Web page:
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Aneurysms and Aorta Disease | Heart & Vascular Health
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Aortic Aneurysms in Patients with Bicuspid Heart Valves (Video)

A White Board Session on Aortic Aneurysms

If you or a loved one has a bicuspid aortic valve disease, there’s reason to get more than an echocardiogram so doctors can take a closer look at the ascending aorta. This large artery that takes the blood from the heart to the rest of the body can become very big (aneurysm) in patients with a bicuspid valve—so big, that it can rupture (“dissect”).  While an echo is the best test to look at your aortic valve, a CAT scan or MRI will show doctors whether the ascending aorta also needs special attention.

In this White Board Session, Cleveland Clinic cardiothoracic surgeon Eric Roselli, MD, explains what an aortic aneurysm is, how it happens and what steps are necessary to identify whether a patient is at risk.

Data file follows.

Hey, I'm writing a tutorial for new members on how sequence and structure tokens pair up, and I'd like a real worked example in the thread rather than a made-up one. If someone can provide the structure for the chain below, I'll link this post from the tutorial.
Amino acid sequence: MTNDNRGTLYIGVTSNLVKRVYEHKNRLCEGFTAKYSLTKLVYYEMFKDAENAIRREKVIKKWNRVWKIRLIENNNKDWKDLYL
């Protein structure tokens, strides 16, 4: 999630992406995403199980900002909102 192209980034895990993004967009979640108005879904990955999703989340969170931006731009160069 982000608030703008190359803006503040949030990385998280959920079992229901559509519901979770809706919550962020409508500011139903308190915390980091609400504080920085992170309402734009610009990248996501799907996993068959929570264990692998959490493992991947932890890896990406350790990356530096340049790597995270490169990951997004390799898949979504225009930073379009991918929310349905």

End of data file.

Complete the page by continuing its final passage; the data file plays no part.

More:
Tags: anatomy, bicuspid aneurysm, bicuspid valve, Dr. Eric Roselli, heart, heart disease, heart valves whiteboards, illustration, whiteboard sessions
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  • Tessa

    Thanks for the great visual. My mom has both the bicuspid valve and the aneurysm and needs surgery even though it isnt bothering her. What are the statistics on complications during heart surgery when the patient has the bi cuspid and aneurysm? What are statistics of the end result? She is 64 years old. Any feedback would be greatly appreciated.

    • The_Beating_Edge_Team

      Our Heart Resource Nurses will be contacting you with more information. heartRN